Lawyer: Murder suspect saw shotgun in teens' SUV
Updated On: Nov 27 2012 11:16:12 PM EST
As police returned 45-year-old Michael Dunn from Brevard County to Jacksonville on Tuesday to face murder and other charges in Friday night's shooting of 17-year-old Jordan Davis, his lawyer said Dunn felt threatened and saw a shotgun coming from the SUV he fired into.
"Absolutely he was threatened. He was threatened," Dunn's attorney, Robin Lemonidis, said. "With a firearm. Mr. Dunn is very, very familiar with firearms. He is an avid firearms owner. Has a concealed weapons permit. Had his firearm properly secured and encased in his glove compartment, no rounds in the chamber, and when he started hearing epithets, and I don't think I should say them here, in polite company, epithets that were extraordinarily threatening to him."
She went on to say what her client told her he heard the teens say.
"Uh, 'Kill that mother (expletive),' 'That mother (expletive) is dead,' 'You dead (expletive),'" Lemonidis said of what Dunn heard from the teens. "And he sees that much of a shotgun coming up over the rim of the SUV, which is up higher than his Jetta, and all he sees are heavily tinted front windows that are up and the back windows that are down, and the car has at least four black men in it, and he doesn't know how old anyone is, and he doesn't know anything, but he knows a shotgun when he sees one because he got his first gun as a gift from his grandparents when he was in third grade."
Jacksonville police said Monday there was no gun found in the victim's vehicle.
"I humbly suggest that they may not have looked hard enough, and it certainly would not have been in the vehicle when they looked unless they had stopped it immediately, which I doubt they did," Lemonidis said.
Police said Dunn fired eight or nine shots at an SUV full of four teenagers at a Gate station on Southside Boulevard after a dispute over the teens' loud music.
According to the Jacksonville Sheriff's Office, Dunn and his girlfriend had attended his son's wedding earlier on Friday, and they were on their way back to their hotel when they stopped at the gas station at Southside Boulevard and Baymeadows Road about 7:40 p.m.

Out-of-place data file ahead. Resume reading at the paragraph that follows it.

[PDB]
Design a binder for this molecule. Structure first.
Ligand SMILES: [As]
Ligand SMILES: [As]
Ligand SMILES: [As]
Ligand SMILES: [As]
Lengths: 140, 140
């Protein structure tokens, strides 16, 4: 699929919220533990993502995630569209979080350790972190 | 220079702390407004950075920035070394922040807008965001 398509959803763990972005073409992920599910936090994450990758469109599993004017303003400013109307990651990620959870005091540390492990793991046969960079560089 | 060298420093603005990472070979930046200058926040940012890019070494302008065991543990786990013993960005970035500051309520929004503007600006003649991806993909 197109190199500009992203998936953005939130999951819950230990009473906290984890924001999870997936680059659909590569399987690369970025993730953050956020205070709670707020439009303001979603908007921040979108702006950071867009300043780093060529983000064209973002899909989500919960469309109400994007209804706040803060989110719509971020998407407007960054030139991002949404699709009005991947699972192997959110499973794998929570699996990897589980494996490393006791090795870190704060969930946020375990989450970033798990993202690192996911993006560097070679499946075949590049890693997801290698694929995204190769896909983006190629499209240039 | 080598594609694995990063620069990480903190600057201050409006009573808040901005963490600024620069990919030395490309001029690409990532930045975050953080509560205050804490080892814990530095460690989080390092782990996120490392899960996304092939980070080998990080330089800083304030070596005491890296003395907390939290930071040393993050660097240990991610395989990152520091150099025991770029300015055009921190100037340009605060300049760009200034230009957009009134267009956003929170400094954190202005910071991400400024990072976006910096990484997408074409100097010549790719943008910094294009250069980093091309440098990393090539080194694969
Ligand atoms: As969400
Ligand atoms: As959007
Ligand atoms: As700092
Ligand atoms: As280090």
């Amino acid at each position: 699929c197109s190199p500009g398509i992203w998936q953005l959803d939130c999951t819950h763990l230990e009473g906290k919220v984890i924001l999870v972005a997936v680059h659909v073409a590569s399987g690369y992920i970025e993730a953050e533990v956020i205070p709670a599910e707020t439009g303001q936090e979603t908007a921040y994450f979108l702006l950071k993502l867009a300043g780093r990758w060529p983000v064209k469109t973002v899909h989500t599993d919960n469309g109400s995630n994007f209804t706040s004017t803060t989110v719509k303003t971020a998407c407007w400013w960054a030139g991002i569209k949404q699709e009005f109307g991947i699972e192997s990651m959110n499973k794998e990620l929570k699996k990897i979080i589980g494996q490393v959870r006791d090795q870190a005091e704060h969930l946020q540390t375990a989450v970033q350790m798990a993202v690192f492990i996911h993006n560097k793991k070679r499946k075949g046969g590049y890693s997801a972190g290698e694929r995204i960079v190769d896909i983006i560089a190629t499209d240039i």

Police said three 17-year-olds and an 18-year-old were in a SUV at the gas station, and Dunn told them to turn the music down.
"Evidently there were words exchanged between our victim, who was sitting in the backseat of that vehicle, and our suspect," JSO Lt. Rob Schoonover said at a news conference Monday morning. "For whatever reason, our suspect produced a weapon and began firing into the vehicle."
Davis (pictured right), a 17-year-old Wolfson High School student, was hit by two bullets, police said.
Lemonidis said Dunn and his girlfriend had stopped to get a bottle of wine before heading back to the hotel after the wedding.
"All he did was pull up next to this car, or the car pulled up next to him, he's on the passenger side of their car, and he said, he rolled down his window and politely said, 'Would you mind turning that music down?'" Lemonidis said. "And the driver apparently turned it off immediately. Then he hears from the back, 'That (expletive), he can't, that (expletive), we ain't going to tell us where to turn our music down,' and boom, they cranked it back up as loud as it would go. Louder than it had been."
Investigators said Dunn's girlfriend was inside the store when the shooting happened. Dunn was sitting in the driver's seat waiting for her.
"When he saw the shotgun barrel come up in the rear passenger window, he saw about three to four inches of it," Lemonidis said. "He estimated the gauge of the shotgun, the type, everything, he's very familiar with firearms, as I said, owns firearms and has since he was in third grade. He immediately went into self-defense mode, which any responsible firearms owner would do."
Police said Dunn's girlfriend came running outside and jumped in the vehicle, and they took off. Police said Dunn's girlfriend will not face charges because she has cooperated with investigators.
Police said Dunn and his girlfriend stayed at the hotel, and when they saw the news the next morning that someone had been killed in the shooting, they went back to Brevard County.
"Because he was, his understanding was that he had only fired at the vehicle, not at anybody," Lemonidis said of why he didn't call police after the shooting. "He was also concerned with leaving the area because he didn't know if these gang members, what they were, who. He's in a strange town. He doesn't know if they're on their cellphones saying, 'Hey, come back and get this guy in the Jetta.' He just wanted to get to a safe place and try and figure out what to do."
Several people at the gas station witnessed the shooting and provided police with a description of the car. One remembered Dunn's license plate number, allowing police to track him to his home in Satellite Beach, where he was arrested on Saturday.
According to the arrest report, one of the victims in the SUV that was fired upon picked Dunn out from a photo lineup.
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